In A.'.A.'. terms, the initiate must be able to hold to a cycle of pranayama for a given period of time, traditionally one hour. Personally I don't think this is necessary and have methods available to determine whether the results of pranayama have been obtained. The real results should be a deep relaxation, steadiness and great improvement of the quality of the asana, which before was measured rather bluntly by how long the Zelator could maintain it. At this point we really want to look for quality rather than quantity, since anyone with a bit of grit can endure an hour of sitting. In pranayama, only constant and intelligent practice will bring about the sort of relaxed steadiness that is required.
These methods are difficult to describe, so I won't go into detail, but in general the examiner will sit with the student for a period of time in asana, and the latter will then begin pranayama. The resulting relaxation should come fairly quickly, after less than a dozen cycles, after which the examiner can test by gently pressing the student while in the asana, while himself completely relaxed and centered, carefully sensing movements of the automatic reflexes for signs of tension or instability. Small tremors and movements will betray the slightest tension. Of course, knowing that he is being tested will tend to cause higher levels of tension and thus pronounced responses, but this is ok since it makes for a better test of the students steadiness and relaxed state.
As was implied earlier in this post. Pranayama isn't about the breath. The breath is just the method. What is really being trained is prana, which is to say the nervous system and the energy which flows through it, which, while invisible, is perceptible through its action in the body. Where body and mind are not unified and prana is not under control, it will tend to respond to all sorts of outside influences, particularly those administered by the examiner who knows exactly what to look for. If the students pranayama isn't resulting in greater levels of relaxation, both of mind and body, these impulses will remain beyond his control and thus beyond the scope of his will. If he cannot control these then he does not have control over himself, except in the crudest of terms. Will is still a matter of deliberate mentation, and not yet part of the students being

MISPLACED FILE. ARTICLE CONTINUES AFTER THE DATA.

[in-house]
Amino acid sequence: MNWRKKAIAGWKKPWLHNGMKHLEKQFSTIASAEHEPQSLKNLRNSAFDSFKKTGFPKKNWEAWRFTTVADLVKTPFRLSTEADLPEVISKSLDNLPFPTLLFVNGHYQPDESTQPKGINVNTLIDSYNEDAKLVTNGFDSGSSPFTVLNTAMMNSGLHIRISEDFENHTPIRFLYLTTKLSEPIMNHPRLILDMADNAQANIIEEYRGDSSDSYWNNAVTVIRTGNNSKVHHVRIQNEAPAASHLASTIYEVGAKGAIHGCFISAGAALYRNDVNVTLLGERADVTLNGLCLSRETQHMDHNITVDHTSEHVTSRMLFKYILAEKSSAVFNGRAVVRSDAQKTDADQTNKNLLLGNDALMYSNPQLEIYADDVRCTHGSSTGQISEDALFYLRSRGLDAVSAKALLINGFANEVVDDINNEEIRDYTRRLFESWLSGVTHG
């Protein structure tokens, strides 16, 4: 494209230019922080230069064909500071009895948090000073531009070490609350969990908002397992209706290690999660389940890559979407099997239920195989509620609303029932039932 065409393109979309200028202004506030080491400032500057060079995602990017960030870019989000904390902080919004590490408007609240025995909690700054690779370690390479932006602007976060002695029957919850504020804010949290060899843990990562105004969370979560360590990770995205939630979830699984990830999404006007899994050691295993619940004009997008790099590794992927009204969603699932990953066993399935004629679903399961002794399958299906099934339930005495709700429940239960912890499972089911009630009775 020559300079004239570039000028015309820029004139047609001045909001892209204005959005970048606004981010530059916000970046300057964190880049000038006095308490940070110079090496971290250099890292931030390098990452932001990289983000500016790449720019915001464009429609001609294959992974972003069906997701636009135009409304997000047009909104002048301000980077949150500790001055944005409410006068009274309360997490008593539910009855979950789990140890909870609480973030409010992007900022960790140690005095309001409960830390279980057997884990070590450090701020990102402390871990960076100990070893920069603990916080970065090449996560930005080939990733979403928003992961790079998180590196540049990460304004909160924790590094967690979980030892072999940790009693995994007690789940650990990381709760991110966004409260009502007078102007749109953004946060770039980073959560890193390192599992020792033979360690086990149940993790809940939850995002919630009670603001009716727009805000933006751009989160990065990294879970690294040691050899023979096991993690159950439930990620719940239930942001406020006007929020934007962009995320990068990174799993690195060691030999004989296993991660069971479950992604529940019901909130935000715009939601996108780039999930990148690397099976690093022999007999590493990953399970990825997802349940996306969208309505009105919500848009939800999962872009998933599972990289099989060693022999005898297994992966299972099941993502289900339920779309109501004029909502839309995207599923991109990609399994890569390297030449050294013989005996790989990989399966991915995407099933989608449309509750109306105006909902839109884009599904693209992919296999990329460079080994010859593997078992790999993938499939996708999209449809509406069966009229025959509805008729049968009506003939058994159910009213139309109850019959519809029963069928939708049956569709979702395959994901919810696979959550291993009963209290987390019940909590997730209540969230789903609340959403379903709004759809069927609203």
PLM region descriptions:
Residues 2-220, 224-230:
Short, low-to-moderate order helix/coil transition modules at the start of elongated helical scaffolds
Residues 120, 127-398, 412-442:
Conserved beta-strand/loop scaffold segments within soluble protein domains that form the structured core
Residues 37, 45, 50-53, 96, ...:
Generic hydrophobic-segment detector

Personally I wouldn't expect perfection in a Practicus, but I would expect a level of relaxation above that obtained by the same individual as a Zelator. While the testing itself could last only a few minutes I would be looking for signs that even if the prana is twitchy, the Practicus is aware of this and is able to respond appropriately, not by tensing, but by deepening her relaxation.
Space here does not permit a full detailed examination of the methods I use, and in any case they are liable to be misinterpreted unless shown first hand, for which one to one contact is required. I am aware that these methods may appear rather idiosyncratic, but actually they are derived from Raja Yoga as practiced and taught by Japanese students over the last 80 years under the tutelage of Nakamura Tempu, an ex-Japanese Army spy operating in China in the 1930's, who later practiced Raja Yoga in the Himalayas before returning to Japan to teach it to some of the early Aikido instructors, themselves students of zen Buddhism and Ichikukai misogi training, and familiar with methods of meditation. I use these methods because they work, are devoid of metaphysical speculation, and with practice can be taught to and learned by anyone. I would not say however that these methods should be universal, individual instructors will have their own methods. In my case, when I was a Practicus my instructor offered no such testing, but since I was already undergoing training in pranayama and relaxation and being regularly tested as part of my Aikido training. She, being a martial artist and Yoga practitioner, recognised the validity of what I was doing and its applicability to the A.'.A.'. work, and passed me on those grounds, For this reason I employ the same methods.
Love is the law, love under will.